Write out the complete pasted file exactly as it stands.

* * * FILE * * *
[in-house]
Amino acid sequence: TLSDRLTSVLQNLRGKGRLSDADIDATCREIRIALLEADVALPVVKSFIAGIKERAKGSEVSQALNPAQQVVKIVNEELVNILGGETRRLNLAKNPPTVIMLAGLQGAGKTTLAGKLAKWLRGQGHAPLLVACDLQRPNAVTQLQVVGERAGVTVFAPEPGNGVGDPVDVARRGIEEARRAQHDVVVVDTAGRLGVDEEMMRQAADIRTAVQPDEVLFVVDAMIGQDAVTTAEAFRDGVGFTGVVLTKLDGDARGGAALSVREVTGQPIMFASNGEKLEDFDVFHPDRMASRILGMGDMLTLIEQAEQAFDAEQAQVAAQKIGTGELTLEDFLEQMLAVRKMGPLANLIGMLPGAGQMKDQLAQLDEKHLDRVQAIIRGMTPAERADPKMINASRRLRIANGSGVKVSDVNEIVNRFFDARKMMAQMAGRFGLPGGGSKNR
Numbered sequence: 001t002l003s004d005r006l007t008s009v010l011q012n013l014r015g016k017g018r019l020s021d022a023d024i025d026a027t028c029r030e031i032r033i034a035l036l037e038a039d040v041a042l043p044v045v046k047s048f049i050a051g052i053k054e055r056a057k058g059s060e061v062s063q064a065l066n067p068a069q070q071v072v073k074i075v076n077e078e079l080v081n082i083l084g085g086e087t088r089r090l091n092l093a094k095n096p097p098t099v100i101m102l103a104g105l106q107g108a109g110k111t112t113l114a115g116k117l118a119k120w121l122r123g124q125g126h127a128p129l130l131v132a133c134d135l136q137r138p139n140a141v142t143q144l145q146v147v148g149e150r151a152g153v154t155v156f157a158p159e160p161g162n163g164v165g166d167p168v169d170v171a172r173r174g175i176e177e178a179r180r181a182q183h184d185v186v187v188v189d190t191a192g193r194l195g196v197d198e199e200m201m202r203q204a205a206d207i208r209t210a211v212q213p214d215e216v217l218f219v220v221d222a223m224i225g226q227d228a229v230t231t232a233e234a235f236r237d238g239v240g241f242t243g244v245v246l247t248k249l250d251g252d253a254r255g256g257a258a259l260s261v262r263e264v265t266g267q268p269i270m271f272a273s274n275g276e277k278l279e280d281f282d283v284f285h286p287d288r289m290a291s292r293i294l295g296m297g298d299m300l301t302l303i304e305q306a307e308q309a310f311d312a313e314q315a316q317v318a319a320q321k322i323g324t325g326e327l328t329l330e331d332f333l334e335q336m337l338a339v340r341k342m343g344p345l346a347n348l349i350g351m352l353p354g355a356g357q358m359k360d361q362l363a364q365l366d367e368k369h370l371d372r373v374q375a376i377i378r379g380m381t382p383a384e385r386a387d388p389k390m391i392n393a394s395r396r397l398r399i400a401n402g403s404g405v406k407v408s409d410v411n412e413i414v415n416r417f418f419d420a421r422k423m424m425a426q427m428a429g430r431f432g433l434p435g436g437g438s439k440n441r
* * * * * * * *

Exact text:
[in-house]
Amino acid sequence: TLSDRLTSVLQNLRGKGRLSDADIDATCREIRIALLEADVALPVVKSFIAGIKERAKGSEVSQALNPAQQVVKIVNEELVNILGGETRRLNLAKNPPTVIMLAGLQGAGKTTLAGKLAKWLRGQGHAPLLVACDLQRPNAVTQLQVVGERAGVTVFAPEPGNGVGDPVDVARRGIEEARRAQHDVVVVDTAGRLGVDEEMMRQAADIRTAVQPDEVLFVVDAMIGQDAVTTAEAFRDGVGFTGVVLTKLDGDARGGAALSVREVTGQPIMFASNGEKLEDFDVFHPDRMASRILGMGDMLTLIEQAEQAFDAEQAQVAAQKIGTGELTLEDFLEQMLAVRKMGPLANLIGMLPGAGQMKDQLAQLDEKHLDRVQAIIRGMTPAERADPKMINASRRLRIANGSGVKVSDVNEIVNRFFDARKMMAQMAGRFGLPGGGSKNR
Numbered sequence: 001t002l003s004d005r006l007t008s009v010l011q012n013l014r015g016k017g018r019l020s021d022a023d024i025d026a027t028c029r030e031i032r033i034a035l036l037e038a039d040v041a042l043p044v045v046k047s048f049i050a051g052i053k054e055r056a057k058g059s060e061v062s063q064a065l066n067p068a069q070q071v072v073k074i075v076n077e078e079l080v081n082i083l084g085g086e087t088r089r090l091n092l093a094k095n096p097p098t099v100i101m102l103a104g105l106q107g108a109g110k111t112t113l114a115g116k117l118a119k120w121l122r123g124q125g126h127a128p129l130l131v132a133c134d135l136q137r138p139n140a141v142t143q144l145q146v147v148g149e150r151a152g153v154t155v156f157a158p159e160p161g162n163g164v165g166d167p168v169d170v171a172r173r174g175i176e177e178a179r180r181a182q183h184d185v186v187v188v189d190t191a192g193r194l195g196v197d198e199e200m201m202r203q204a205a206d207i208r209t210a211v212q213p214d215e216v217l218f219v220v221d222a223m224i225g226q227d228a229v230t231t232a233e234a235f236r237d238g239v240g241f242t243g244v245v246l247t248k249l250d251g252d253a254r255g256g257a258a259l260s261v262r263e264v265t266g267q268p269i270m271f272a273s274n275g276e277k278l279e280d281f282d283v284f285h286p287d288r289m290a291s292r293i294l295g296m297g298d299m300l301t302l303i304e305q306a307e308q309a310f311d312a313e314q315a316q317v318a319a320q321k322i323g324t325g326e327l328t329l330e331d332f333l334e335q336m337l338a339v340r341k342m343g344p345l346a347n348l349i350g351m352l353p354g355a356g357q358m359k360d361q362l363a364q365l366d367e368k369h370l371d372r373v374q375a376i377i378r379g380m381t382p383a384e385r386a387d388p389k390m391i392n393a394s395r396r397l398r399i400a401n402g403s404g405v406k407v408s409d410v411n412e413i414v415n416r417f418f419d420a421r422k423m424m425a426q427m428a429g430r431f432g433l434p435g436g437g438s439k440n441r